Flights in and out of Bali's airport continued yesterday amid lower volcanic activity at Mount Agung.
Carriers such as Singapore Airlines and SilkAir have been operating as scheduled since the airport was reopened last Wednesday.
It was closed last Monday due to the risks posed by ash clouds from the volcano, which has been erupting intermittently since Nov 21.
Malaysian budget carrier AirAsia said it would operate limited flights to and from Bali, while KLM Royal Dutch Airlines has suspended all night flights for "as long as the volcano is active".
Jetstar cancelled seven flights out of Bali yesterday, including one that usually departs for Singapore at 5.30pm local time. The Australian budget carrier and Qantas said that while conditions were expected to be clear throughout the day, "the forecast for tonight has deteriorated and several flights have been cancelled".
Only one flight - an AirAsia service to Kuala Lumpur -was delayed out of 49 flights between 3pm and 6pm local time yesterday. Among the 50 scheduled arrivals over the same period, five - mainly from Perth and Sydney - were cancelled or re-directed.
Number of people who died during Mount Agung's last recorded major blowouts in 1963.
The decision by some airlines to cancel flights from Bali has frustrated passengers.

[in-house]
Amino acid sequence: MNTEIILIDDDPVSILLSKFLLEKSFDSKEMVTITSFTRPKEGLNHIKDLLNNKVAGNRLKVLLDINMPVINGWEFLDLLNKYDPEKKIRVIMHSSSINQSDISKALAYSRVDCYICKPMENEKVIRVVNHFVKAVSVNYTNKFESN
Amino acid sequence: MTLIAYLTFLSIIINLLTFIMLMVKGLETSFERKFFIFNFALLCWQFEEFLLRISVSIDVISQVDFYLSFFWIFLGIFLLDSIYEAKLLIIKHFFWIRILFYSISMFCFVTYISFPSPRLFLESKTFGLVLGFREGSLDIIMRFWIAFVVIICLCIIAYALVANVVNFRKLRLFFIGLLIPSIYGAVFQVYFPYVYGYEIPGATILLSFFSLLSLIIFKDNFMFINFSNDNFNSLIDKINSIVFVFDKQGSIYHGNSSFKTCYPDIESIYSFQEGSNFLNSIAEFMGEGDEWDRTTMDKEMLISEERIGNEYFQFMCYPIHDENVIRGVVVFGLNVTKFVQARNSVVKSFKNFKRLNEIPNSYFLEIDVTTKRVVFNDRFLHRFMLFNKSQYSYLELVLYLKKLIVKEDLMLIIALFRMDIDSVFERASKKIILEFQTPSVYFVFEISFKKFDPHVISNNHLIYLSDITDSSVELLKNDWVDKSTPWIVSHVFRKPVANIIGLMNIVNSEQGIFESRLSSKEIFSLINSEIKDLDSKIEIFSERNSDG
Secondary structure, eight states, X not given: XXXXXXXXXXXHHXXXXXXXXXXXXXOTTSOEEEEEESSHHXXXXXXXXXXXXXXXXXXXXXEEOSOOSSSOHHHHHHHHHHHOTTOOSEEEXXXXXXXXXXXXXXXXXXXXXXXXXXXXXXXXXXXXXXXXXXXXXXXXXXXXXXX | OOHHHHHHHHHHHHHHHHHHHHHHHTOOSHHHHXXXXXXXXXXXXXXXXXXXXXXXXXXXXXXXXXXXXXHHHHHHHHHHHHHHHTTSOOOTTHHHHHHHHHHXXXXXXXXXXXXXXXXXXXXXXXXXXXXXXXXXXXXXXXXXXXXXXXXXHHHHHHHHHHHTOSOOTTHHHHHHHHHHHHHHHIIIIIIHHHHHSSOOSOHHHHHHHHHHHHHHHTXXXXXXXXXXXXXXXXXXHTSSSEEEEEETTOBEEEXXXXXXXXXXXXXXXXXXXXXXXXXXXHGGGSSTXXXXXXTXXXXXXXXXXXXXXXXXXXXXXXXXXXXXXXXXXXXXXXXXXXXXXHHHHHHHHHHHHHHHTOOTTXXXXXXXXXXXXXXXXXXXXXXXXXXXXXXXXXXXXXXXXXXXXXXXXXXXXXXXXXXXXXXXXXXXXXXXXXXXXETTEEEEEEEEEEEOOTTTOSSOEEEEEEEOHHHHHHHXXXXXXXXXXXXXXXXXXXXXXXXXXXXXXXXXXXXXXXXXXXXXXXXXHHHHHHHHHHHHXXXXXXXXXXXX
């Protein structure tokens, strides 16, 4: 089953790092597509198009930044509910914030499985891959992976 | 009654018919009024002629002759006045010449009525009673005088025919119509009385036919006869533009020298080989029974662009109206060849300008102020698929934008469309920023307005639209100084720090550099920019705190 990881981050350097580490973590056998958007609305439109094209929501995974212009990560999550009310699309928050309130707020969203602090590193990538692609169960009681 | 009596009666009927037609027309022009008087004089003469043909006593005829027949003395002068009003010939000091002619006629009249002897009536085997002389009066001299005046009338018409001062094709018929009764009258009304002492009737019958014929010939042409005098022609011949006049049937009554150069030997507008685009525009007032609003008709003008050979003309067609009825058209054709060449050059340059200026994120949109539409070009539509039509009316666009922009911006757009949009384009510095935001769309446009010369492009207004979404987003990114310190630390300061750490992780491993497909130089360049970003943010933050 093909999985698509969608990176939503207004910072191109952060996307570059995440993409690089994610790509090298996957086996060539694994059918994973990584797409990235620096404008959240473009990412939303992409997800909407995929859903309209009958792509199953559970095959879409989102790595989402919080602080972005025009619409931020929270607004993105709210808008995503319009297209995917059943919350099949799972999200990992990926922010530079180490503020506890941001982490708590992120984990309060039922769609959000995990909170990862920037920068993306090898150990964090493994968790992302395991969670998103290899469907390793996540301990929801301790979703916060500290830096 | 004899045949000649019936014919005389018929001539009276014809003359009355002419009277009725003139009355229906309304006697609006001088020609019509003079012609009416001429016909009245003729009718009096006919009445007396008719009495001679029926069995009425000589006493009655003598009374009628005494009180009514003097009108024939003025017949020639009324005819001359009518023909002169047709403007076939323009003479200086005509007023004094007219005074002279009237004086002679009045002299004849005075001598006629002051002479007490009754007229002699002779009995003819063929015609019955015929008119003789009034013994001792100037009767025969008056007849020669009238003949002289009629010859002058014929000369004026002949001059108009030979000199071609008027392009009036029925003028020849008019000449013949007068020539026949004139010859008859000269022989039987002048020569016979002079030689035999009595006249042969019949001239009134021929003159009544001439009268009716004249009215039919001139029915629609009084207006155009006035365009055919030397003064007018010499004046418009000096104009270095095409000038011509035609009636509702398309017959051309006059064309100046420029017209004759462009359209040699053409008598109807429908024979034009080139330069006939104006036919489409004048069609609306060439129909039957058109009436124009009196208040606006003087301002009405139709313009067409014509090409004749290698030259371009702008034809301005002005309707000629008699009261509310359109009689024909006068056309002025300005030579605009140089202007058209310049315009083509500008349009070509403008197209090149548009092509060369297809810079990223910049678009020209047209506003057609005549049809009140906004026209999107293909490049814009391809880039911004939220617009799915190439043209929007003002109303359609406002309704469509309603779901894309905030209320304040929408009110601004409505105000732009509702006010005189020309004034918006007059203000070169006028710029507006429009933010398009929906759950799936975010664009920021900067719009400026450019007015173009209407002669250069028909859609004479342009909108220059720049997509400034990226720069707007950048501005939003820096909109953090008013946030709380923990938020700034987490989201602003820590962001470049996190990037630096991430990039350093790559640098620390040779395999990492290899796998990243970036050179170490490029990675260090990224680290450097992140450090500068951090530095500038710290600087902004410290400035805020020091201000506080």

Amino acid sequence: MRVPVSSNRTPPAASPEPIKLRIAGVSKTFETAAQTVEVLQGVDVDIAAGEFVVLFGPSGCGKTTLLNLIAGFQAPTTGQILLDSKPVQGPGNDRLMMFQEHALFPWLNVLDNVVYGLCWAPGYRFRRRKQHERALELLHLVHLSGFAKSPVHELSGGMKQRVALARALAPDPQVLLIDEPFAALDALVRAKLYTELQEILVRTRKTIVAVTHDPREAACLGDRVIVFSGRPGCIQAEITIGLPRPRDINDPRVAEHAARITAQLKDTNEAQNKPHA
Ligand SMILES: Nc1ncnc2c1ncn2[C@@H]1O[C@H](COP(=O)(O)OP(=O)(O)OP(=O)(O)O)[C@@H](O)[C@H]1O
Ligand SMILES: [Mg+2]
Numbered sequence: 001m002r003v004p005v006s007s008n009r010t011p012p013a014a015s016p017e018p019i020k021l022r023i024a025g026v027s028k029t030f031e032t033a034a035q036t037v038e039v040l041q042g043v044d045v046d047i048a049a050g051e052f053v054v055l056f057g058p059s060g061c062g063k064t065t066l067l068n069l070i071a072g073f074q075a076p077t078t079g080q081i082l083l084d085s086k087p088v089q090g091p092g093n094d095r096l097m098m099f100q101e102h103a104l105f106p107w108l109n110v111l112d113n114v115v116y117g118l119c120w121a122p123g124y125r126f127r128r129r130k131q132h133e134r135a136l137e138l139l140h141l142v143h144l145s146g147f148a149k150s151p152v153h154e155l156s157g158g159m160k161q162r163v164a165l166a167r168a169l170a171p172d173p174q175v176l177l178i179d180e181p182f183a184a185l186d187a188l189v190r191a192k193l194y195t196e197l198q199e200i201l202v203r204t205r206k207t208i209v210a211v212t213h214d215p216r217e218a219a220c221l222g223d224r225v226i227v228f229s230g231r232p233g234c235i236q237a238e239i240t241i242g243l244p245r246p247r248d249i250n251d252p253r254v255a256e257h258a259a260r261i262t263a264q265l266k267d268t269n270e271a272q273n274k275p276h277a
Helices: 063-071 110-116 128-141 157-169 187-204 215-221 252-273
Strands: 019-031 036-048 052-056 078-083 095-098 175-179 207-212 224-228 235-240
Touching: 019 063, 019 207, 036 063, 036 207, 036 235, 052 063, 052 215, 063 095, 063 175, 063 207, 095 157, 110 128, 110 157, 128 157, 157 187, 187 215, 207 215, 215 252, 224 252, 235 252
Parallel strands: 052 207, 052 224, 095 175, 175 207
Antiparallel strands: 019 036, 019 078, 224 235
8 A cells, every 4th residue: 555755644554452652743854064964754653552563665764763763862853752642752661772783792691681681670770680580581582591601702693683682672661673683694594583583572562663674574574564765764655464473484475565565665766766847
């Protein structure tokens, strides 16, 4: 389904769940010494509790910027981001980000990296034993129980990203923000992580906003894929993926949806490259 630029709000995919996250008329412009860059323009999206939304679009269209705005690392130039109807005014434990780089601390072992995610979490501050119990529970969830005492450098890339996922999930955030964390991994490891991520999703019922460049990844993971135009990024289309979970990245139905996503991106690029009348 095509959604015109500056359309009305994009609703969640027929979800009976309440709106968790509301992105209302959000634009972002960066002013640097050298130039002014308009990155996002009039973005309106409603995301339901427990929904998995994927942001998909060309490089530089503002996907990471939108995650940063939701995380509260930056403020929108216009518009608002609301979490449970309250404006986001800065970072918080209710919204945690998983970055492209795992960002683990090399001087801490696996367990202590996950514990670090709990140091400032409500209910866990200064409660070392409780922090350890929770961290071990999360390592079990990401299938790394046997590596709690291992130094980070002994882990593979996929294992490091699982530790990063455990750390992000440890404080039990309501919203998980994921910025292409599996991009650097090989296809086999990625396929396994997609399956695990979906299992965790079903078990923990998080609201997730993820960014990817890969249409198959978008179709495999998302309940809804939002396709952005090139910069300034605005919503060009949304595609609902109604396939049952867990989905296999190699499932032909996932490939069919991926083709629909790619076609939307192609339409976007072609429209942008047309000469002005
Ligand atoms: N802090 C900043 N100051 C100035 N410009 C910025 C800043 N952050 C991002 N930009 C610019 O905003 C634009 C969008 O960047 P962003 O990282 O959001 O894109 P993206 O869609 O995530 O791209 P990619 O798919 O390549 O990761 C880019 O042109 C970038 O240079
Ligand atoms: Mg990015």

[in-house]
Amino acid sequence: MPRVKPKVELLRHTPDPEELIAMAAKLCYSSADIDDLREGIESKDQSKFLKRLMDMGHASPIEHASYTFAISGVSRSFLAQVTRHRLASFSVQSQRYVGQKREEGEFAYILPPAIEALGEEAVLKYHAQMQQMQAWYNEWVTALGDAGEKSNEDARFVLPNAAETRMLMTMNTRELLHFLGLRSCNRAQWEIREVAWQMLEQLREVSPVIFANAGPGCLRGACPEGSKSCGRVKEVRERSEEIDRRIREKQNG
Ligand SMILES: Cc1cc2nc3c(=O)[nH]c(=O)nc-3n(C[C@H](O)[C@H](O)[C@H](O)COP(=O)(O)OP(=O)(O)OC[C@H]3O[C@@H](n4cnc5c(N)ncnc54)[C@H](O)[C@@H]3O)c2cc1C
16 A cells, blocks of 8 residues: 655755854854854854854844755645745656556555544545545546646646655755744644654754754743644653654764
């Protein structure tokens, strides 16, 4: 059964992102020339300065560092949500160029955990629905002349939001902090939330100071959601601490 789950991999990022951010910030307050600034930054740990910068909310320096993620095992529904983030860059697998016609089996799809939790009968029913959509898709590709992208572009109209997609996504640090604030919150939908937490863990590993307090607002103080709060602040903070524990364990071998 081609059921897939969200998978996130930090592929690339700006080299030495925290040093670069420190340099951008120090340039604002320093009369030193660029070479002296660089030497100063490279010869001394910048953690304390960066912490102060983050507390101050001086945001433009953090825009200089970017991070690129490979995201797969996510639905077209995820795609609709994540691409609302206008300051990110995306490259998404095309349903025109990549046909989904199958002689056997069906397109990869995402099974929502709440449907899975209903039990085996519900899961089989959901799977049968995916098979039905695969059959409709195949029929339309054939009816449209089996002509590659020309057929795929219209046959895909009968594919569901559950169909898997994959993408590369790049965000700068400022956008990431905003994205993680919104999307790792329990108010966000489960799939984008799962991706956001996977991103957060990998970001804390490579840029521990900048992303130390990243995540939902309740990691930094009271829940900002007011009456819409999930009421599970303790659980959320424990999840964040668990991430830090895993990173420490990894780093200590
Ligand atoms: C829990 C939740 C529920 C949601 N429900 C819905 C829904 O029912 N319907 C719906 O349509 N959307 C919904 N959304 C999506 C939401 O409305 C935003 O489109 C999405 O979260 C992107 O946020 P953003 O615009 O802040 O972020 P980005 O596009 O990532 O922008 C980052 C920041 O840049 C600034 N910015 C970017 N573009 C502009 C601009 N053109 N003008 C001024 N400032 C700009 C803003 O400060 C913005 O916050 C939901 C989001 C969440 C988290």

Australian couple Justine and Greg Hill and their two teenage children were due to fly out yesterday but their flight was cancelled, reported Reuters. "I don't understand why if other airlines are flying, some others aren't. Obviously, there must be safety protocols, but there's no detailed explanation," said Mr Hill, 46.
Meanwhile, Bali remains in a state of emergency, with Indonesia's National Disaster Mitigation Agency (BNPB) yet to lift its highest volcano alert level.
No major tremors were detected at the volcano yesterday, but the BNPB is maintaining the 10km radius exclusion zone because of lava flows and plumes of ash clouds. Officials have advised people to stay out of the exclusion zone as conditions could change at any time.
Bali is bracing itself for a big eruption of Mount Agung, which last recorded major blowouts in 1963, when around 1,500 people died.
Experts have said it is difficult to predict when the next large eruption will occur, pointing to Mount Sinabung on Sumatra, which is still at the highest alert level after roaring back to life four years ago.
The volcano erupted yesterday at 8.45am local time, said BNPB spokesman Sutopo Nugroho. "There were no casualties and no additional evacuees. The communities were already aware of the (ongoing) eruptions," he added.